This is more than Praveena’s past annual net earnings of  15,379. However, given that two adults now live together, they benefit from economies of scale in sharing some of the costs (mainly rent and council tax) but they also are likely to spend more on some goods such as food, water and leisure. Using the income equivalence calculator, the total net income this household should have to grant Praveena a similar standard of living as before (and provided their pooling system really implies equal sharing of resources), is  25,211 (assuming they are partners; or i?? 26,976 otherwise), way more than their current  18,855.

So, unless Praveena takes more than half of that income for her personal spending, she is still worse off than before, but less so than if she had continued living on her own with her reduced salary. Casper is in the process of paying i?? 2000 for a three-week hiking expedition in the Karakoram Range. He has three main ways of paying for this and is considering what to do. The travel agency has offered him a loan that charges 20% APR. This can be paid back after 1 year, either as a lump-sum or by fixed monthly repayments. This third option is to use a credit card which would charge 15% APR over 2 years (with fixed monthly repayments).

The APR is the measure used to compare the cost of borrowing, so lowest cost is the credit card loan at 15% APR and it has the lowest total payment. The total interest costs of the loan is the highest for the Travel company with option to paid back as a lump-sum at 20% APR. The monthly payments are highest for the Travel Company and lowest on the credit card where payments are being spread over a longer period. However, the first option with a lump-sum repayment has none monthly payments and the only one payment is necessary after one year.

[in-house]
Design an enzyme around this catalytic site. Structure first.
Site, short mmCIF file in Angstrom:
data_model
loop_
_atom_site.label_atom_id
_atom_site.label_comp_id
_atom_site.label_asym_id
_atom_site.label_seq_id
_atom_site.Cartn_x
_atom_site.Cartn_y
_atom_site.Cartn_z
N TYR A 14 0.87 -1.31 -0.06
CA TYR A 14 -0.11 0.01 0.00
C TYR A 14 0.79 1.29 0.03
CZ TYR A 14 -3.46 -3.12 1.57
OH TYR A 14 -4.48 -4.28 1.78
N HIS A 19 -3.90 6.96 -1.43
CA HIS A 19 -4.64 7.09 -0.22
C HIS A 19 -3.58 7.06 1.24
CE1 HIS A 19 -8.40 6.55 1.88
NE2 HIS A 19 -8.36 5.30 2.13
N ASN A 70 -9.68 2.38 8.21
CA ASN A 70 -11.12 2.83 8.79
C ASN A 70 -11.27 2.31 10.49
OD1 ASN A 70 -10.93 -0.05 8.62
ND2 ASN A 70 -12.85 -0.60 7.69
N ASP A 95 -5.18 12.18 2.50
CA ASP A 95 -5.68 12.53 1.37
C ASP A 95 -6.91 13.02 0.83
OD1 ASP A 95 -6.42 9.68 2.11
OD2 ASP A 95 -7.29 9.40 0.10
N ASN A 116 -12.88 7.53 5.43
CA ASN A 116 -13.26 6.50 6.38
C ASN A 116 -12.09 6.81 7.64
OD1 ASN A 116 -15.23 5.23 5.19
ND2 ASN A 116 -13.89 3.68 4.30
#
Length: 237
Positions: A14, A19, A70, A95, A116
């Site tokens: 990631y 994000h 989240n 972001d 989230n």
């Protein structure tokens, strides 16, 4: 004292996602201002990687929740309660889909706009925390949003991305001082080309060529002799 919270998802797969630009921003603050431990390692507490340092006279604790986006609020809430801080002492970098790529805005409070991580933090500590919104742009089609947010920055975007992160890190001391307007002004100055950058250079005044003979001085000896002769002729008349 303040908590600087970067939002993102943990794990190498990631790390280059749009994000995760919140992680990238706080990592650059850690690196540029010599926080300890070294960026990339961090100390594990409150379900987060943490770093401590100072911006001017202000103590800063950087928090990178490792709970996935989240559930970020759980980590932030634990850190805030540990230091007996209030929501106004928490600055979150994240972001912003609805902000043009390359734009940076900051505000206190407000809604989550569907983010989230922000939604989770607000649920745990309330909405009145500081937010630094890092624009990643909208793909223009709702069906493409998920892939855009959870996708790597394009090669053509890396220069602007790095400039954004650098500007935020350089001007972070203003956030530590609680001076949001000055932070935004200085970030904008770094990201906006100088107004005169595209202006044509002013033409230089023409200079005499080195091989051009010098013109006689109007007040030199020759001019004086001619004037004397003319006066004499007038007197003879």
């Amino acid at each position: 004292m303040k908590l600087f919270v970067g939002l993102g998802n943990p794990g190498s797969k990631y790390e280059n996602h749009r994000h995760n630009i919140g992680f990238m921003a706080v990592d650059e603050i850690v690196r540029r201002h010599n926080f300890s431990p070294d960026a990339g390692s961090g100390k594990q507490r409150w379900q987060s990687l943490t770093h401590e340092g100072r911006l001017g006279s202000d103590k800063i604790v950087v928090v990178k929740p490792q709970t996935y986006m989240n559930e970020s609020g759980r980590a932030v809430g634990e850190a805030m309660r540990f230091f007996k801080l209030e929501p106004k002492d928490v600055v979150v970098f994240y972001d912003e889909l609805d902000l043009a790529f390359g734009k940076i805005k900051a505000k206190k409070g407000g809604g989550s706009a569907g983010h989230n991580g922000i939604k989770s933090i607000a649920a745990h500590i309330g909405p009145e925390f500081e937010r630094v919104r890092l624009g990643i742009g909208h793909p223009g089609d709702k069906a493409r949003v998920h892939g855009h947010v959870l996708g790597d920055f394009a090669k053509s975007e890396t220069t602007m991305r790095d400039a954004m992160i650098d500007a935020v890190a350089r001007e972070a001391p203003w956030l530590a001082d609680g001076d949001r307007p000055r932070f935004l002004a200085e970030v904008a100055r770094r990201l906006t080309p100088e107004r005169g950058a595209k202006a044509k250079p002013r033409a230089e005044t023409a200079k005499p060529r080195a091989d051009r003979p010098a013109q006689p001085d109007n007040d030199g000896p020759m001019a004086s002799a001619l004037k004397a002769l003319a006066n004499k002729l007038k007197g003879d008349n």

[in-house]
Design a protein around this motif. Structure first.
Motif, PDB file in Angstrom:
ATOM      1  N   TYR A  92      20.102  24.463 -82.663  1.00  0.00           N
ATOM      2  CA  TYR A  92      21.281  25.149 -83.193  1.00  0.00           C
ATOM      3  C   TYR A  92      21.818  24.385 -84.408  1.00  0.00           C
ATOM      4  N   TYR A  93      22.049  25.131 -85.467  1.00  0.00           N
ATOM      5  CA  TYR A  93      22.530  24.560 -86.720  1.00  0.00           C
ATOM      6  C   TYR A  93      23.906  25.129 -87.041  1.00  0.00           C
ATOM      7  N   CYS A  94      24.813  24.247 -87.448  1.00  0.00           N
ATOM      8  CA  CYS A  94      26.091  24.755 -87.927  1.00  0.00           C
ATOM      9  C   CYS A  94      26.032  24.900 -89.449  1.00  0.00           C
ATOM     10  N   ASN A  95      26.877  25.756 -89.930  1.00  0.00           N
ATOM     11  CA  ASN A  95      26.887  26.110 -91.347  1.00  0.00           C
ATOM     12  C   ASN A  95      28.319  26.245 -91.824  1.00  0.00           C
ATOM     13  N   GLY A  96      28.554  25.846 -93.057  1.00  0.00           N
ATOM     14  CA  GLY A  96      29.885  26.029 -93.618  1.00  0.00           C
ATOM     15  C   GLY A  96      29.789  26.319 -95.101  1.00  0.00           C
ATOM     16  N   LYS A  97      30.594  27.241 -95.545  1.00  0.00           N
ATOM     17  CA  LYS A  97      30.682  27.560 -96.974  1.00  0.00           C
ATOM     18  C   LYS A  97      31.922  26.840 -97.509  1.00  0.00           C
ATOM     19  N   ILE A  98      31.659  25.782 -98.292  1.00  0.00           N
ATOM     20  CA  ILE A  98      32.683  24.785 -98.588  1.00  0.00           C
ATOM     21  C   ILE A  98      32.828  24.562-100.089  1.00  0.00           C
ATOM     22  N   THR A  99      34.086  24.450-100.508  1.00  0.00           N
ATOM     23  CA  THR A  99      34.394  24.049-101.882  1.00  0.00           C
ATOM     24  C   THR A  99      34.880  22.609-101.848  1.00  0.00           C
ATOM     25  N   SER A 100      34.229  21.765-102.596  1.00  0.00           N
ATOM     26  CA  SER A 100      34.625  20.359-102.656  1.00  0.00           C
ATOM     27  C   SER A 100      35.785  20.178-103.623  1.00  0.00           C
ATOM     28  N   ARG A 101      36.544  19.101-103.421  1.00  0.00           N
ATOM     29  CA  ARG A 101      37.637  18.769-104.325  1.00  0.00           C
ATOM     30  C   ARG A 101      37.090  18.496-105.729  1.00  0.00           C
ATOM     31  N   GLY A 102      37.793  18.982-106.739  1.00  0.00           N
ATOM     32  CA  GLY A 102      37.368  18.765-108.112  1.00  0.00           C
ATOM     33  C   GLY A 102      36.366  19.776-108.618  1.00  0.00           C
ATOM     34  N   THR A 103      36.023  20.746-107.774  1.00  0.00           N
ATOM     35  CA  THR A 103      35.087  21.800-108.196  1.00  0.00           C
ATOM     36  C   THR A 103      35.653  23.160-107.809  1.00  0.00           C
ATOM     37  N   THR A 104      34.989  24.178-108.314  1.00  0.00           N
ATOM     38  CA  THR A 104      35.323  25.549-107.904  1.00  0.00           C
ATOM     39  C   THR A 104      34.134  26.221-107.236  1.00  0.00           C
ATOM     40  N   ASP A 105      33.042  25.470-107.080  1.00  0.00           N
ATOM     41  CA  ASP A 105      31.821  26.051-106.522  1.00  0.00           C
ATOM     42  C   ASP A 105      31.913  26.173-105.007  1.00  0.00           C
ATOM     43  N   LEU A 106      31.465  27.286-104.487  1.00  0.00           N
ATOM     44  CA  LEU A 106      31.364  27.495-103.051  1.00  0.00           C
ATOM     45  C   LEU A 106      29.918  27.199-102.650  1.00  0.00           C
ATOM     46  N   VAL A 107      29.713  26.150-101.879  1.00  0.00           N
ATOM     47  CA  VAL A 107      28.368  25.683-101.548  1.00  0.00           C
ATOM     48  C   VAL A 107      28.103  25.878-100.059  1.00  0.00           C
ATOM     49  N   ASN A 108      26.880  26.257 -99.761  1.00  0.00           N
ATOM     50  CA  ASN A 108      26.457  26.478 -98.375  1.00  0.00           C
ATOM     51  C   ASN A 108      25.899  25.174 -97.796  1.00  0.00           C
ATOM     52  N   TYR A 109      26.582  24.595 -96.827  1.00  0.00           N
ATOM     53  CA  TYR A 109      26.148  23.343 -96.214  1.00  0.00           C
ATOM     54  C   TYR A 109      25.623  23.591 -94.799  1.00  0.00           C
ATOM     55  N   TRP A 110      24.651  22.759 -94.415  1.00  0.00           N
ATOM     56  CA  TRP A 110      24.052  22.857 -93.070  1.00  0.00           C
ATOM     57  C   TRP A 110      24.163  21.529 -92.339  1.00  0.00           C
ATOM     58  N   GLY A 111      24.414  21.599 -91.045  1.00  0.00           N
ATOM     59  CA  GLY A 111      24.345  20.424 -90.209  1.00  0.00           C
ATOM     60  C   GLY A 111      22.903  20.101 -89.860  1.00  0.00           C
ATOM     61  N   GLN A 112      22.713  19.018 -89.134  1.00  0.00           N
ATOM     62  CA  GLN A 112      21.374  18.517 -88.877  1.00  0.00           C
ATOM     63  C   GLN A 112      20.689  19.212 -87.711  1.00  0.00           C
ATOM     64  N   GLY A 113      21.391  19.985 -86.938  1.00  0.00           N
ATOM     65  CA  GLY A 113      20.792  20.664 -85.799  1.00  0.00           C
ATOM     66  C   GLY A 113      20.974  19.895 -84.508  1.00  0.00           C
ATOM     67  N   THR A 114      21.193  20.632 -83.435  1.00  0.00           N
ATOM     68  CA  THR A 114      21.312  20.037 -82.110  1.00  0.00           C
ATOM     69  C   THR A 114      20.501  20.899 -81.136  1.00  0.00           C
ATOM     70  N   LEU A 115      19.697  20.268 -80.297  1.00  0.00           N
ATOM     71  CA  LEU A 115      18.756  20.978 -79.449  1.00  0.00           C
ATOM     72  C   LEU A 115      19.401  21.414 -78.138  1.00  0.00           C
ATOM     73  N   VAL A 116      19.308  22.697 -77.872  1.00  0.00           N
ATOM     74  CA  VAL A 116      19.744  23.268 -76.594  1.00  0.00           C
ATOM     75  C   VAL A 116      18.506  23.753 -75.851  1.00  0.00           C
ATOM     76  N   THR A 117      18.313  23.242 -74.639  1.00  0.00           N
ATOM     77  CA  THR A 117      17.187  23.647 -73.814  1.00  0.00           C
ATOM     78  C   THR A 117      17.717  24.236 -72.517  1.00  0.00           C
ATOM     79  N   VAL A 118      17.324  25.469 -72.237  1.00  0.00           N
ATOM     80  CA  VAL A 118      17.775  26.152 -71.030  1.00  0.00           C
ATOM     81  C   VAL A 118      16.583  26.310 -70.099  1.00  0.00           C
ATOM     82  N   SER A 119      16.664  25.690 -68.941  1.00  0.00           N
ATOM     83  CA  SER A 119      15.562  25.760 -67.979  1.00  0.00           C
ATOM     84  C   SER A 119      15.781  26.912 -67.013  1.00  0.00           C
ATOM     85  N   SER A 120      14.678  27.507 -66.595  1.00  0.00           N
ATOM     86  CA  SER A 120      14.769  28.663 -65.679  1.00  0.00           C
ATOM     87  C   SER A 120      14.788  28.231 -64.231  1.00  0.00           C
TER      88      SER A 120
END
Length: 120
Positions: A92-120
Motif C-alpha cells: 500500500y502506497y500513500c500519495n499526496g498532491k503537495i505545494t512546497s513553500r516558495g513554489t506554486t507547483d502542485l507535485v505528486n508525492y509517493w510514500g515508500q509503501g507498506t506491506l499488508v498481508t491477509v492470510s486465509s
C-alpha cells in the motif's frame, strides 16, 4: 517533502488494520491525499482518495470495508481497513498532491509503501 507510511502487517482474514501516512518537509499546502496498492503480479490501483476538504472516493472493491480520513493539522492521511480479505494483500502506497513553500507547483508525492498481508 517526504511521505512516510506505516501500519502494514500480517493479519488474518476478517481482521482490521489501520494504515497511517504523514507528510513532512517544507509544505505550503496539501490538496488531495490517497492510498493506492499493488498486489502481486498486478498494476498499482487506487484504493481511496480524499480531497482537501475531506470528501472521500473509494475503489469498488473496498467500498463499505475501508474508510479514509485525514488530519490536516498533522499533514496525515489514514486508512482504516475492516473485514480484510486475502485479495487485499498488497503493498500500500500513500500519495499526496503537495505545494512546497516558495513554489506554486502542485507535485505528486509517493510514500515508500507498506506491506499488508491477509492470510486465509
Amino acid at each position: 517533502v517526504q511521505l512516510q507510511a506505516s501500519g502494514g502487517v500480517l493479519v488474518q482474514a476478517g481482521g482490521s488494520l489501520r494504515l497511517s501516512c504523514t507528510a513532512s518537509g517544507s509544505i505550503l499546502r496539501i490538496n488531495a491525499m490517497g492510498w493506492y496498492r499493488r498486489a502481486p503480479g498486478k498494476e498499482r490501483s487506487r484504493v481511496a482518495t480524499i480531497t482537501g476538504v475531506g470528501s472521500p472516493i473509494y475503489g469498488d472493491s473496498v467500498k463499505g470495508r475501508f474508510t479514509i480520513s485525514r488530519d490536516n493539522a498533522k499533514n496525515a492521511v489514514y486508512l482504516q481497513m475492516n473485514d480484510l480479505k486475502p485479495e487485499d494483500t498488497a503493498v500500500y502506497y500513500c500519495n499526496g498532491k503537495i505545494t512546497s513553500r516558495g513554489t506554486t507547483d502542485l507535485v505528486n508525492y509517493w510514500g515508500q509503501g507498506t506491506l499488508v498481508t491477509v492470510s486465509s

The total interest paid under the first option with a lump-sum to pay back from the travel company is different and that difference is due to a different flexibility of both loans. If  2000 is borrowed and no repayments of this principal sum are made during the year, and the interest rate is 20 per cent p. a. with interest being paid once a year at the end of the year, the interest charge for that year is i?? 400 (Upton 2006). A fixed rate is determinated at the start of the loan and the interest charged is calculated average balance of the principal outstanding and this is the reason for what that option is not so expensive for a lender.

Although the monthly charge is higher per month for a shorter loan, the total cost of repayment is less. A fair attempt. The one-off payment of the loan from the travel company yields an interest of i?? 400 (20% of i?? 2,000). In total, the repayment will be higher than with monthly repayments (2,400 versus 2,204. 52). This is because with monthly repayment, the amount of outstanding debt is reduced every month, which then reduces the compound interest charged on the remainder.